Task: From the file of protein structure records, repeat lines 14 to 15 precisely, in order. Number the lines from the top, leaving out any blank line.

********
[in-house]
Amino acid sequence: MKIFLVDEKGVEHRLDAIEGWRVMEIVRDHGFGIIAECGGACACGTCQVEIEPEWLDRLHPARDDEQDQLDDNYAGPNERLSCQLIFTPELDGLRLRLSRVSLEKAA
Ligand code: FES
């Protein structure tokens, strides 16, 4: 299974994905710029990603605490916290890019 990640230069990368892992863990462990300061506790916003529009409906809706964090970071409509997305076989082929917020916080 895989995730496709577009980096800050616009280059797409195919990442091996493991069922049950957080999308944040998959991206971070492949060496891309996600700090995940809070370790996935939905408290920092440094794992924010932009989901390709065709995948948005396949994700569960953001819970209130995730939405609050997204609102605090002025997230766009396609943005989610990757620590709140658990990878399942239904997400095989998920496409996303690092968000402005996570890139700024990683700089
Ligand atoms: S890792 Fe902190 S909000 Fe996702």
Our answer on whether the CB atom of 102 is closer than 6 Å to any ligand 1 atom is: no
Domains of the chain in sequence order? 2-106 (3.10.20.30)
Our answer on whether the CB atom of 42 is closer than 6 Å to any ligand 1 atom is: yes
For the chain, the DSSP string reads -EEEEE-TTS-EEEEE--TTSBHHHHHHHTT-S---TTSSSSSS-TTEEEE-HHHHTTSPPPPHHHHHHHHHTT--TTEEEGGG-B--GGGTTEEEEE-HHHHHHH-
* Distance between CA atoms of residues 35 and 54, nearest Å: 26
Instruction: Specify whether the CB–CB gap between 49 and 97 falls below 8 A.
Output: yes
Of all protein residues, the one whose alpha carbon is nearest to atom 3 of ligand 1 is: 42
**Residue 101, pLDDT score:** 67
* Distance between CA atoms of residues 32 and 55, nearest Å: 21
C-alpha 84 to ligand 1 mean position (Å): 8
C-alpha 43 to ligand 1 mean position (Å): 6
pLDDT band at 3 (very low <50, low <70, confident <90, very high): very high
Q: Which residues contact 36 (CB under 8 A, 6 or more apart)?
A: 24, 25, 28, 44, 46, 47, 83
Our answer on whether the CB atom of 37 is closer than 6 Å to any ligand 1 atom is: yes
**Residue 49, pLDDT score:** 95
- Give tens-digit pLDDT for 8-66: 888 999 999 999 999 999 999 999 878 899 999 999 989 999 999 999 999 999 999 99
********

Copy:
**Residue 101, pLDDT score:** 67
* Distance between CA atoms of residues 32 and 55, nearest Å: 21